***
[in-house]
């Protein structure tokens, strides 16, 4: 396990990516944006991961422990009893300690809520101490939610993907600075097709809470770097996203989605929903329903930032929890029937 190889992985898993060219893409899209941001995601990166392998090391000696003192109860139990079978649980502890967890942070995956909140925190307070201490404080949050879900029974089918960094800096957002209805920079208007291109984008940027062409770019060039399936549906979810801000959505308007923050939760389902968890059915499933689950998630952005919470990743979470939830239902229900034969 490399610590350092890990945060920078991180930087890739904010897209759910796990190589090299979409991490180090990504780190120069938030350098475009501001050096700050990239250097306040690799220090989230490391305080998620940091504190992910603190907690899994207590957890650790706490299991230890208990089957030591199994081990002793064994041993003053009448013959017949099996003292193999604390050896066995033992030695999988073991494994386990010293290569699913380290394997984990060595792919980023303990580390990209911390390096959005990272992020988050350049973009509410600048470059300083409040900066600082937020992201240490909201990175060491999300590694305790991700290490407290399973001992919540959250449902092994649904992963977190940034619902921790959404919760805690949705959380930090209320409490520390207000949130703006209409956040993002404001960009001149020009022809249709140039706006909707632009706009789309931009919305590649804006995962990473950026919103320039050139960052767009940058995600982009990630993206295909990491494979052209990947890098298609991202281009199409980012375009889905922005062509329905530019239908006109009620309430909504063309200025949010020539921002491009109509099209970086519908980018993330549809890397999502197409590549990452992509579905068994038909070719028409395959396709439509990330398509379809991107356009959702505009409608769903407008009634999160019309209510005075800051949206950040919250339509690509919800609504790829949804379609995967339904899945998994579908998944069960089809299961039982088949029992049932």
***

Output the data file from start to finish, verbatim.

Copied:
[in-house]
């Protein structure tokens, strides 16, 4: 396990990516944006991961422990009893300690809520101490939610993907600075097709809470770097996203989605929903329903930032929890029937 190889992985898993060219893409899209941001995601990166392998090391000696003192109860139990079978649980502890967890942070995956909140925190307070201490404080949050879900029974089918960094800096957002209805920079208007291109984008940027062409770019060039399936549906979810801000959505308007923050939760389902968890059915499933689950998630952005919470990743979470939830239902229900034969 490399610590350092890990945060920078991180930087890739904010897209759910796990190589090299979409991490180090990504780190120069938030350098475009501001050096700050990239250097306040690799220090989230490391305080998620940091504190992910603190907690899994207590957890650790706490299991230890208990089957030591199994081990002793064994041993003053009448013959017949099996003292193999604390050896066995033992030695999988073991494994386990010293290569699913380290394997984990060595792919980023303990580390990209911390390096959005990272992020988050350049973009509410600048470059300083409040900066600082937020992201240490909201990175060491999300590694305790991700290490407290399973001992919540959250449902092994649904992963977190940034619902921790959404919760805690949705959380930090209320409490520390207000949130703006209409956040993002404001960009001149020009022809249709140039706006909707632009706009789309931009919305590649804006995962990473950026919103320039050139960052767009940058995600982009990630993206295909990491494979052209990947890098298609991202281009199409980012375009889905922005062509329905530019239908006109009620309430909504063309200025949010020539921002491009109509099209970086519908980018993330549809890397999502197409590549990452992509579905068994038909070719028409395959396709439509990330398509379809991107356009959702505009409608769903407008009634999160019309209510005075800051949206950040919250339509690509919800609504790829949804379609995967339904899945998994579908998944069960089809299961039982088949029992049932």